ISLAMABAD -- Acid attack victim Fakhra Younus had endured more than three dozen surgeries over more than a decade to repair her severely damaged face and body when she finally decided life was no longer worth living.

The former dancing girl, 33, allegedly attacked by her then-husband, a Pakistani ex-lawmaker and son of a political powerhouse, jumped from the sixth floor of a building in Rome, where she had been living and receiving treatment.

Her March 17 suicide and the return of her body to Pakistan on Sunday reignited furor over the case. Her death came less than a month after a Pakistani filmmaker won the country's first Oscar for a documentary about acid attack victims.

Younus' story highlights the mistreatment many women face in a conservative, male-dominated culture and is a reminder that Pakistan's rich and powerful often appear to operate with impunity.

Her ex-husband, Bilal Khar, was acquitted, but many believe he used his connections to escape the law's grip, a common occurrence in Pakistan.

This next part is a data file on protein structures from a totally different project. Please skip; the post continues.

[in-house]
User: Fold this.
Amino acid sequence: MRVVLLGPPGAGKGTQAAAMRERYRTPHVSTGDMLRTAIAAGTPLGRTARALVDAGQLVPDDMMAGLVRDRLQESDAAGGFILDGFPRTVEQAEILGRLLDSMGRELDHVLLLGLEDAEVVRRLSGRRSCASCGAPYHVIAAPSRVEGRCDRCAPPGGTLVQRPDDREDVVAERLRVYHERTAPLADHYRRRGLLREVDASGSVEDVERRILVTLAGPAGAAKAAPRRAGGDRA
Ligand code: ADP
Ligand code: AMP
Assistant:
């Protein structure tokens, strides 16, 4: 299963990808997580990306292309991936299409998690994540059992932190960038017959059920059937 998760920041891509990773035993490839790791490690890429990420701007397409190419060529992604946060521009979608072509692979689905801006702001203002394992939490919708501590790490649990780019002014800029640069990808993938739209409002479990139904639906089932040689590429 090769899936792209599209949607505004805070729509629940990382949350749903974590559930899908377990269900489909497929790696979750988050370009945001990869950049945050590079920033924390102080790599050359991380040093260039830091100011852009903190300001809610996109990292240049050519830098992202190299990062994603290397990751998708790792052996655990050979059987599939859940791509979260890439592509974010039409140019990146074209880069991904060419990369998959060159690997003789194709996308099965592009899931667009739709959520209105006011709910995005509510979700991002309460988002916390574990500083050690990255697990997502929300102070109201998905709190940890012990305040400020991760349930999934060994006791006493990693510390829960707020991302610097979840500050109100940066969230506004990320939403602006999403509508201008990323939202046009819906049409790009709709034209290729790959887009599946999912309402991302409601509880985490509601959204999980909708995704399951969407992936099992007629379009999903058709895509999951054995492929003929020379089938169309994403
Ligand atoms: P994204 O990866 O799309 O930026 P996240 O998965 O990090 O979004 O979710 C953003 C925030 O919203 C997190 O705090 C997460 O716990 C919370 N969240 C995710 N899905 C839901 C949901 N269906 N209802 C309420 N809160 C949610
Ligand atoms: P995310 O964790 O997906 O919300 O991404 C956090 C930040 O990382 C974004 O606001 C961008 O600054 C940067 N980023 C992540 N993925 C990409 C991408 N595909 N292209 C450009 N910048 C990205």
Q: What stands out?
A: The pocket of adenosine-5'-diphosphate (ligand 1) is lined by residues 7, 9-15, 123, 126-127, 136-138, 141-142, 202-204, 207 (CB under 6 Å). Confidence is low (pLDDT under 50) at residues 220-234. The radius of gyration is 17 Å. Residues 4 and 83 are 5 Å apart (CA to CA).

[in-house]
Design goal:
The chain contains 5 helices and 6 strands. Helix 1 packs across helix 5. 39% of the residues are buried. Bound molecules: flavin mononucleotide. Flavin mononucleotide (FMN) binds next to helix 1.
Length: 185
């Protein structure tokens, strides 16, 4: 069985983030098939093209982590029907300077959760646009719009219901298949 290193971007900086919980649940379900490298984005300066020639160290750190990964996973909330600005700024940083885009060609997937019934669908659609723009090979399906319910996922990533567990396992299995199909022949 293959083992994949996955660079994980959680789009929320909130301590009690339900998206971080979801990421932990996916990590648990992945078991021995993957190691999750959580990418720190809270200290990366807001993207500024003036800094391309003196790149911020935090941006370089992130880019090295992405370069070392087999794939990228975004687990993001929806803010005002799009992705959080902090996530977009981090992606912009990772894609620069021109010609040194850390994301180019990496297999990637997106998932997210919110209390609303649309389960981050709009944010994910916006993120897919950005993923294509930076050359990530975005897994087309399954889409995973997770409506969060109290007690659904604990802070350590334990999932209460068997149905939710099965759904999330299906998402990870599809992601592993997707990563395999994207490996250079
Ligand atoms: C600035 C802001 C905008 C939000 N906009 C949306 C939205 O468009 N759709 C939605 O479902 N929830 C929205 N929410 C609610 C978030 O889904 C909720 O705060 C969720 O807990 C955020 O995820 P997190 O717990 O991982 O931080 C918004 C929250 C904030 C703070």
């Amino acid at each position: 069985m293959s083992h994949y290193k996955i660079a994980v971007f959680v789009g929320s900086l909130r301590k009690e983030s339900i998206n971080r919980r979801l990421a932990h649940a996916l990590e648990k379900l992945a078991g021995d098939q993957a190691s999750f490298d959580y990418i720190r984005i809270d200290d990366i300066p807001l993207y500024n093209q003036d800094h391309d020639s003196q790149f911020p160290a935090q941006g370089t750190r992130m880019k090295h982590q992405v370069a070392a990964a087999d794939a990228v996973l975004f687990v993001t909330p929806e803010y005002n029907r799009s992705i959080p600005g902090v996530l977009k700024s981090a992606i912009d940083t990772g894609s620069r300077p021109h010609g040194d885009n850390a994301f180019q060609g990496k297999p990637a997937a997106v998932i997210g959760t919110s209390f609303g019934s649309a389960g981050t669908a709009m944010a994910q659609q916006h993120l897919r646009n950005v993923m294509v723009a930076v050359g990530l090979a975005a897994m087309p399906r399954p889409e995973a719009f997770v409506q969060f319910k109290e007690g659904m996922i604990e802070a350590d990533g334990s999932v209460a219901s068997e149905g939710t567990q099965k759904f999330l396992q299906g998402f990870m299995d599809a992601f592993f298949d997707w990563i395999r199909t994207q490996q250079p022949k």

More than 8,500 acid attacks, forced marriages and other forms of violence against women were reported in Pakistan in 2011, according to The Aurat Foundation, a women's rights organization.

"The saddest part is that she realized that the system in Pakistan was never going to provide her with relief or remedy," Nayyar Shabana Kiyani, an activist at The Aurat Foundation, said of Younus. "She was totally disappointed that there was no justice available to her."

Younus was a teenage dancing girl working in the red-light district of Karachi when she met the son of Ghulam Mustafa Khar, a former governor of Punjab. The unusual pairing was the younger Khar's third marriage. He was in his mid-30s at the time.

They were married for three years, but Younus left because Khar allegedly physically and verbally abused her. She claimed that he came to her mother's house while she was sleeping in May 2000 and poured acid all over her in the presence of her 5-year-old son from a different man.

Tehmina Durrani, Ghulam Mustafa Khar's ex-wife and his son's stepmother, became an advocate for Younus, drawing international attention to the case. She said Younus' injuries were the worst she had ever seen on an acid attack victim.

"So many times we thought she would die in the night because her nose was melted and she couldn't breathe," said Durrani, who wrote a book about her own allegedly abusive relationship with the elder Khar.

She said Younus, whose life had been hard, became a liability to her family, for whom she was once a source of income. "Her life was a parched stretch of hard rock on which nothing bloomed," Durrani wrote in a column in The News after Younus' suicide.

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